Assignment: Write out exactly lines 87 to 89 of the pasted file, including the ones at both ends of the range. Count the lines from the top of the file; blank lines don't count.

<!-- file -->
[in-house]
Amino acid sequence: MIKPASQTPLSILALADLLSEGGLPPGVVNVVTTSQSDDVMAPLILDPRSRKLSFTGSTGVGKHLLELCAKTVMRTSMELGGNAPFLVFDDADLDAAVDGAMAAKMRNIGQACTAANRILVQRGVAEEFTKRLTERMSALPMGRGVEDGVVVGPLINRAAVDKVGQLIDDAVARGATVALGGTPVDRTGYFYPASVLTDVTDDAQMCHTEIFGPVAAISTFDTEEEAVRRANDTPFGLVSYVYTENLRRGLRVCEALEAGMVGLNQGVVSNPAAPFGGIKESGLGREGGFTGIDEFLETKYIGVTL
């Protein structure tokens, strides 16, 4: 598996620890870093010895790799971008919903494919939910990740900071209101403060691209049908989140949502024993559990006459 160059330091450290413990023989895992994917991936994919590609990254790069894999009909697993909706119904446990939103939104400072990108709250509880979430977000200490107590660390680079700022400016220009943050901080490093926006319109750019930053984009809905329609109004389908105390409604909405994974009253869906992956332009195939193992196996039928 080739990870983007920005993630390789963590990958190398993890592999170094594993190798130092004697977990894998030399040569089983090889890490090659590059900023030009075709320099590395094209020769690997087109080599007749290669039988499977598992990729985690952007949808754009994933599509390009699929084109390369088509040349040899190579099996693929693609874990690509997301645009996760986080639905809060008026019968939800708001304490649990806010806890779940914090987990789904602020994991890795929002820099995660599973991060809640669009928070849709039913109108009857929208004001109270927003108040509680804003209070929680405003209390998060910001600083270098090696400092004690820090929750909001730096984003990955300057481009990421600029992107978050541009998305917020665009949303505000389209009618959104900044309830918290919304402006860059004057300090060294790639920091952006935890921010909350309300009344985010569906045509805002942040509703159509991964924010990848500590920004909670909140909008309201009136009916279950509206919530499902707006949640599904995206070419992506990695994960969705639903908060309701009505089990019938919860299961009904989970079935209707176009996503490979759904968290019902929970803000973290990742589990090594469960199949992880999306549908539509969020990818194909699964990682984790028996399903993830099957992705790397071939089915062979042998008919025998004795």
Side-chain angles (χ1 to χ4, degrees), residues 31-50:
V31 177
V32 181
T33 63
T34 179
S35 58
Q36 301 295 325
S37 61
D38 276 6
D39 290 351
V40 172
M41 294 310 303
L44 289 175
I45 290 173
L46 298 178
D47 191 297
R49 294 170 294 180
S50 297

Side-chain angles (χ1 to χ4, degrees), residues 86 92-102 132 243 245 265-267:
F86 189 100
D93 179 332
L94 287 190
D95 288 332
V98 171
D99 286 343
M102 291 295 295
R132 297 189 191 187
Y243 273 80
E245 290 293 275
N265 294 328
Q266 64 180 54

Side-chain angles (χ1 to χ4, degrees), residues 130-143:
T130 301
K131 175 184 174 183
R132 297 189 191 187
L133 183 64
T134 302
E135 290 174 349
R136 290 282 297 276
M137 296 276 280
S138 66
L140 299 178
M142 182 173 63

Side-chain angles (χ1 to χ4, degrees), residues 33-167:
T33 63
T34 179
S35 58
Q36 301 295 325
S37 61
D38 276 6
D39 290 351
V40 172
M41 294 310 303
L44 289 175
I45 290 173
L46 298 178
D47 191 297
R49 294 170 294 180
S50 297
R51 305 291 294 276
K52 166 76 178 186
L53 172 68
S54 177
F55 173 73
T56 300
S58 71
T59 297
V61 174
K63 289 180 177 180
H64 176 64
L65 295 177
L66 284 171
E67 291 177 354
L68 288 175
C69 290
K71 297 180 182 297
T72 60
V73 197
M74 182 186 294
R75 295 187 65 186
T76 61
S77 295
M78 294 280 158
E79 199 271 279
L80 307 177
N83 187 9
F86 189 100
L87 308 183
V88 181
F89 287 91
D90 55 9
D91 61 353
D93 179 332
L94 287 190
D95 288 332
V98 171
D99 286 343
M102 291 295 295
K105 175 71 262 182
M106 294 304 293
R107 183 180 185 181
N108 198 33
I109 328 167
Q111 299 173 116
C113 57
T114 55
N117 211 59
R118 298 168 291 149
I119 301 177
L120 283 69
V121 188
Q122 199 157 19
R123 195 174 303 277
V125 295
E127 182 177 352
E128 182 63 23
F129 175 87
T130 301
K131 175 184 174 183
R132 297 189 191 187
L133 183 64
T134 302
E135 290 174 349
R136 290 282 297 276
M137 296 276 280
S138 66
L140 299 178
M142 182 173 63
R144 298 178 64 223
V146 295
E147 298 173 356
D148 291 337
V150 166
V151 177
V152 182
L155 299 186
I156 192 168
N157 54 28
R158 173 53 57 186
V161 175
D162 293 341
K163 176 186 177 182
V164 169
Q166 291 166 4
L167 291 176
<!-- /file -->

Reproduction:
E79 199 271 279
L80 307 177
N83 187 9